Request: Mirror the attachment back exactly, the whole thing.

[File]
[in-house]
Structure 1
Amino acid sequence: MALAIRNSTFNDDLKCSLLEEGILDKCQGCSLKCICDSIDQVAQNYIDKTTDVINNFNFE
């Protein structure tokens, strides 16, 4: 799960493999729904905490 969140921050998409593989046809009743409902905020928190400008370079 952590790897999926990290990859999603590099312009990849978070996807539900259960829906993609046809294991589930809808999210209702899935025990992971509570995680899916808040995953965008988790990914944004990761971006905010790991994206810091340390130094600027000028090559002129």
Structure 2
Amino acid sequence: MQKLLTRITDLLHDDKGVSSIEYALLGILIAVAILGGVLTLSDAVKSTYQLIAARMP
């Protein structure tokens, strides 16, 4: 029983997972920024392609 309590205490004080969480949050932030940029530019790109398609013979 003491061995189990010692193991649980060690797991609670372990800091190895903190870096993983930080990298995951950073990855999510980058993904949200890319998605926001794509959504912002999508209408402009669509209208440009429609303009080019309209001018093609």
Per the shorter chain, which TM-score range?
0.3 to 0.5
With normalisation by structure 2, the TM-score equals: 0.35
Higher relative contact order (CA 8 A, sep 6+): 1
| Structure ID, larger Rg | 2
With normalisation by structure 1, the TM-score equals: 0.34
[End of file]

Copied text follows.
[in-house]
Structure 1
Amino acid sequence: MALAIRNSTFNDDLKCSLLEEGILDKCQGCSLKCICDSIDQVAQNYIDKTTDVINNFNFE
């Protein structure tokens, strides 16, 4: 799960493999729904905490 969140921050998409593989046809009743409902905020928190400008370079 952590790897999926990290990859999603590099312009990849978070996807539900259960829906993609046809294991589930809808999210209702899935025990992971509570995680899916808040995953965008988790990914944004990761971006905010790991994206810091340390130094600027000028090559002129």
Structure 2
Amino acid sequence: MQKLLTRITDLLHDDKGVSSIEYALLGILIAVAILGGVLTLSDAVKSTYQLIAARMP
């Protein structure tokens, strides 16, 4: 029983997972920024392609 309590205490004080969480949050932030940029530019790109398609013979 003491061995189990010692193991649980060690797991609670372990800091190895903190870096993983930080990298995951950073990855999510980058993904949200890319998605926001794509959504912002999508209408402009669509209208440009429609303009080019309209001018093609």
Per the shorter chain, which TM-score range?
0.3 to 0.5
With normalisation by structure 2, the TM-score equals: 0.35
Higher relative contact order (CA 8 A, sep 6+): 1
| Structure ID, larger Rg | 2
With normalisation by structure 1, the TM-score equals: 0.34